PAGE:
So you’re running these email marketing automation campaigns, but you have no idea if they’re working—or how to even begin to figure that out. You’re busy and have zero interest wasting time with marketing automation if it’s not going to benefit your nonprofit. You need to determine how these campaigns are doing.

If you’re new to email marketing automation, you’ll want to check out a few posts before diving into this one. This post will make so much more sense if you do. Trust me. You want to make sure you’re ready for marketing automation, that you understand how marketing automation works and what to focus on when creating your email campaigns.

All caught up? Awesome.

Marketing automation metrics can answer the “is this even effective?” question. And luckily, most marketing automation software is equipped to deliver this sort of information. All you need to know is what marketing automation metrics to pay attention to and how to interpret them.

Open Rate

This tells you how many of the people you sent your email to actually opened it. Now, we’re all guilty of signing up for email lists and never opening a single email that shows up in our inbox. Definitely keep that in mind. But, your open rate is also a reflection of how effective your email subject line is at enticing people to read on. It’s also a good indication of whether or not the content you’re sending their way is actually aligned with their interests.

Not seeing the results you want? Try switching up your language, spend more time coming up with compelling subject lines, run A/B tests for different versions and see which does better.

Click Rate

Open rates are a good starting point, but if no visitors are actually clicking through to your site, it doesn’t really matter all that much that they’re opening your messages. Your click rate indicates engagement. This number tells you how many people clicked at least one link in your email. This will give you a good idea of how effective your emails are at driving people to your website.

Not seeing the results you want? Reassess the content you’re including. Make sure it’s something that would provide value to the people you’re targeting with this campaign. Take a look at your copy and see what you can change up to make it more compelling. You might consider including stronger, more prominent calls to action in your emails.


It’s always a bummer to see people unsubscribing from your emails, but it’s a fact of life. It’s just something that’s going to happen. Instead of dwelling on it, learn from it. If you notice one email in your automation flow is leading everyone to unsubscribe, you might need to reassess your approach in that email. Or, alternately, you could decide you’re doing pretty well.

Not seeing the results you want? Maybe it’s an indication that you need to rethink some bigger picture items. Are you sending your emails too often and bothering your subscribers? Or maybe you’re not sending them often enough and subscribers are forgetting about you? Is the content you’re providing in line with the expectations your subscribers had when they signed up in the first place?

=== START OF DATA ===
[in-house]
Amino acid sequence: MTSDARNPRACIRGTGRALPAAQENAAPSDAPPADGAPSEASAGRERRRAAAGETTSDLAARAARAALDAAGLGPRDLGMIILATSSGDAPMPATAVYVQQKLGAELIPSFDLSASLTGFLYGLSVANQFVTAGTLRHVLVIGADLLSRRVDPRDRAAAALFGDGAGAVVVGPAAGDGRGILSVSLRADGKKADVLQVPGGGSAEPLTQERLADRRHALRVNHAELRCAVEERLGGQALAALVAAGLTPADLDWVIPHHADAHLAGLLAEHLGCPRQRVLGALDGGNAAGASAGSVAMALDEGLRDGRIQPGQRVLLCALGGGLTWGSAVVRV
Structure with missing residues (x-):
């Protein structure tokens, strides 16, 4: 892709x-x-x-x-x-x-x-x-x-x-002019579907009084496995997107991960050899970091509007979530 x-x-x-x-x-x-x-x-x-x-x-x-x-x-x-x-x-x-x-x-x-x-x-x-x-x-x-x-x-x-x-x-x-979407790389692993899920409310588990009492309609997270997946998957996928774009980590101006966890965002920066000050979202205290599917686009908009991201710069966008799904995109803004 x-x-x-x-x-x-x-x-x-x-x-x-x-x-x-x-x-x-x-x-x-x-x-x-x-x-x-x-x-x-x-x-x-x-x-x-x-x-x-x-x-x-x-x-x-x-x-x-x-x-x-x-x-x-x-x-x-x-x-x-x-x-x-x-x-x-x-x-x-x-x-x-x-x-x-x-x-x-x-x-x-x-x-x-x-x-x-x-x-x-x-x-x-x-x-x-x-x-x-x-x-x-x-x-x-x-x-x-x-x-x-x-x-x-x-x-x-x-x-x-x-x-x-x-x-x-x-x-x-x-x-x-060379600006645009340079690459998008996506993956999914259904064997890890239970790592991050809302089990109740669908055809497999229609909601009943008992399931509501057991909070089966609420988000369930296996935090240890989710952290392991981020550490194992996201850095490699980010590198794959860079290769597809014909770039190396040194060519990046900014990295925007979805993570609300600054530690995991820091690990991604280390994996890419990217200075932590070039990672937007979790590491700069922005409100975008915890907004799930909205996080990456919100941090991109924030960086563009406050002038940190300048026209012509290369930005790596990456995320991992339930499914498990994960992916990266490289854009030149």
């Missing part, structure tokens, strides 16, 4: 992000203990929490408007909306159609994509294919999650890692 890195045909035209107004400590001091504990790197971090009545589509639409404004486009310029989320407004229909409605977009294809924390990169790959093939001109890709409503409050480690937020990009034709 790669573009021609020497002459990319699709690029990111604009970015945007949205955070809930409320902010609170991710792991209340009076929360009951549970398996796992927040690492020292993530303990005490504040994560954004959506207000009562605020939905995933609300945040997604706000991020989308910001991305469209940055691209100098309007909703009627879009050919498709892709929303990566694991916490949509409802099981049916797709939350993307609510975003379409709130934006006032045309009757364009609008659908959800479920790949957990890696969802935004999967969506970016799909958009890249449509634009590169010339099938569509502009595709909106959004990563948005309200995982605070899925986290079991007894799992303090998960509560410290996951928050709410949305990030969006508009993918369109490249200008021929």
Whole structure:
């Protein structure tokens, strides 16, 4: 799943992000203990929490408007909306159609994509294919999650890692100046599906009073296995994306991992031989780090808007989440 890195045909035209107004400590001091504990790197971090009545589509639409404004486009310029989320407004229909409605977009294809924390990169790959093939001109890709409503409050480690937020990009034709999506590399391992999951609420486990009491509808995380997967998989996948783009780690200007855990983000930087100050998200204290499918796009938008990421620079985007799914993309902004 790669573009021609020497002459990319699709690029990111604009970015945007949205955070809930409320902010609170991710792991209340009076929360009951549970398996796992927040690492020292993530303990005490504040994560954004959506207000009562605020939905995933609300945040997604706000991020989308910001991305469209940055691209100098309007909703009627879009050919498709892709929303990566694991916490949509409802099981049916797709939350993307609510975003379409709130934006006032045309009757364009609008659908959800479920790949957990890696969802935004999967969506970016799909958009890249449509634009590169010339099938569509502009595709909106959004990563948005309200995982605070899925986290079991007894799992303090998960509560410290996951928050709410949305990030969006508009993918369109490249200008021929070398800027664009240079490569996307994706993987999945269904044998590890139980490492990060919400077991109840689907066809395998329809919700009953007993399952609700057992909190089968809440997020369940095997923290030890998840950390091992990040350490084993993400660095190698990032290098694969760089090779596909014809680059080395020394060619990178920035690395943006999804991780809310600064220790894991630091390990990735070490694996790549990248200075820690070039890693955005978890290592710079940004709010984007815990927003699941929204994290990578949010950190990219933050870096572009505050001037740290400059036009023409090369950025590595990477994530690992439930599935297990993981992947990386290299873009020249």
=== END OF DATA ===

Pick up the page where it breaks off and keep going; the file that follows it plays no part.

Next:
Your marketing automation metrics are going to help you determine the success of your email marketing automation campaign. It’s important to not only pay attention to them and understand them, but to learn from them as well. They provide valuable insight into what’s working, what’s not and how you can improve.

Actions Taken on Website

Before I delve into this one, it should be noted that how you get this information is going to depend largely on what you’re using to track your site’s analytics and your email service provider.

At the end of the day, website action is what you really care about. You want to know what people are clicking on, what pages they’re spending the most time on and what their journey through your website looks like. Most of all, you want to know if they’re taking meaningful action on your site, like making a donation, signing up to volunteer or supporting your cause in some other way.

Not seeing the results you want? You’ll want to delve into the data for insight as to why. Where are the links in your email sending people? Is the content related? Is the link text in your email relevant to the content it’s taking people to? There’s most likely a disconnect somewhere.

It’s important to monitor your marketing automation metrics. If you’re missing the mark, you need to know. You don’t want to be investing time and money into an email marketing automation campaign that’s not benefiting your nonprofit.

What marketing automation metrics do you focus on with your marketing automation campaigns? How has tracking them allowed you to adjust and improve your campaigns? We’d love to hear from you in the comments.